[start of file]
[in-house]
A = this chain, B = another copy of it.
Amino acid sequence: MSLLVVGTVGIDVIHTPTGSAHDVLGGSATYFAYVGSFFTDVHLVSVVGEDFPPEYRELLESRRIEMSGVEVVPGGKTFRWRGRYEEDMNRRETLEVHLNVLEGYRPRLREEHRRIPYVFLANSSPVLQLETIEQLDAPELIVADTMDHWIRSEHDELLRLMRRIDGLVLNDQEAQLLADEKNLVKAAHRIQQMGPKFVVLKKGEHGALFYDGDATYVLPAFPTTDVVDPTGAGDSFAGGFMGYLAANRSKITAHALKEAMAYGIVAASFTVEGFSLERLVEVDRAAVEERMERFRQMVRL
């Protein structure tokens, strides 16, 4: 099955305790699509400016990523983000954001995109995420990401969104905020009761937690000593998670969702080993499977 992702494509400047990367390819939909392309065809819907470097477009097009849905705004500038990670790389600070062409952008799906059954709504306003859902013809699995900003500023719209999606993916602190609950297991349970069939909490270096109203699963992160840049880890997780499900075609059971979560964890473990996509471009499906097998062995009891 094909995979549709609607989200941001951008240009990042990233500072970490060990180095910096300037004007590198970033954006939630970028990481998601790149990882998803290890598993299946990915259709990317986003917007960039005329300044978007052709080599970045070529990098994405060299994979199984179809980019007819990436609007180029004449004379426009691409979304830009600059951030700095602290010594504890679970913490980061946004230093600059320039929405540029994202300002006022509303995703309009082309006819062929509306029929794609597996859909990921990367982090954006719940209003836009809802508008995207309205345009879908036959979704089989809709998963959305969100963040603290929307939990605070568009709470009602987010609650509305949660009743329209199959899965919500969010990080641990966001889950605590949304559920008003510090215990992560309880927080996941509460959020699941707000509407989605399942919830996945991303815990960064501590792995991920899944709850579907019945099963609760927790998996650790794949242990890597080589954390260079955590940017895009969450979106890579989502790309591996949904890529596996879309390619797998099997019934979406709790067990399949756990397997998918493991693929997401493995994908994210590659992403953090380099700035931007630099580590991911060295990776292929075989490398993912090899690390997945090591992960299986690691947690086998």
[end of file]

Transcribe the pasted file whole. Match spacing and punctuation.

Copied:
[in-house]
A = this chain, B = another copy of it.
Amino acid sequence: MSLLVVGTVGIDVIHTPTGSAHDVLGGSATYFAYVGSFFTDVHLVSVVGEDFPPEYRELLESRRIEMSGVEVVPGGKTFRWRGRYEEDMNRRETLEVHLNVLEGYRPRLREEHRRIPYVFLANSSPVLQLETIEQLDAPELIVADTMDHWIRSEHDELLRLMRRIDGLVLNDQEAQLLADEKNLVKAAHRIQQMGPKFVVLKKGEHGALFYDGDATYVLPAFPTTDVVDPTGAGDSFAGGFMGYLAANRSKITAHALKEAMAYGIVAASFTVEGFSLERLVEVDRAAVEERMERFRQMVRL
């Protein structure tokens, strides 16, 4: 099955305790699509400016990523983000954001995109995420990401969104905020009761937690000593998670969702080993499977 992702494509400047990367390819939909392309065809819907470097477009097009849905705004500038990670790389600070062409952008799906059954709504306003859902013809699995900003500023719209999606993916602190609950297991349970069939909490270096109203699963992160840049880890997780499900075609059971979560964890473990996509471009499906097998062995009891 094909995979549709609607989200941001951008240009990042990233500072970490060990180095910096300037004007590198970033954006939630970028990481998601790149990882998803290890598993299946990915259709990317986003917007960039005329300044978007052709080599970045070529990098994405060299994979199984179809980019007819990436609007180029004449004379426009691409979304830009600059951030700095602290010594504890679970913490980061946004230093600059320039929405540029994202300002006022509303995703309009082309006819062929509306029929794609597996859909990921990367982090954006719940209003836009809802508008995207309205345009879908036959979704089989809709998963959305969100963040603290929307939990605070568009709470009602987010609650509305949660009743329209199959899965919500969010990080641990966001889950605590949304559920008003510090215990992560309880927080996941509460959020699941707000509407989605399942919830996945991303815990960064501590792995991920899944709850579907019945099963609760927790998996650790794949242990890597080589954390260079955590940017895009969450979106890579989502790309591996949904890529596996879309390619797998099997019934979406709790067990399949756990397997998918493991693929997401493995994908994210590659992403953090380099700035931007630099580590991911060295990776292929075989490398993912090899690390997945090591992960299986690691947690086998």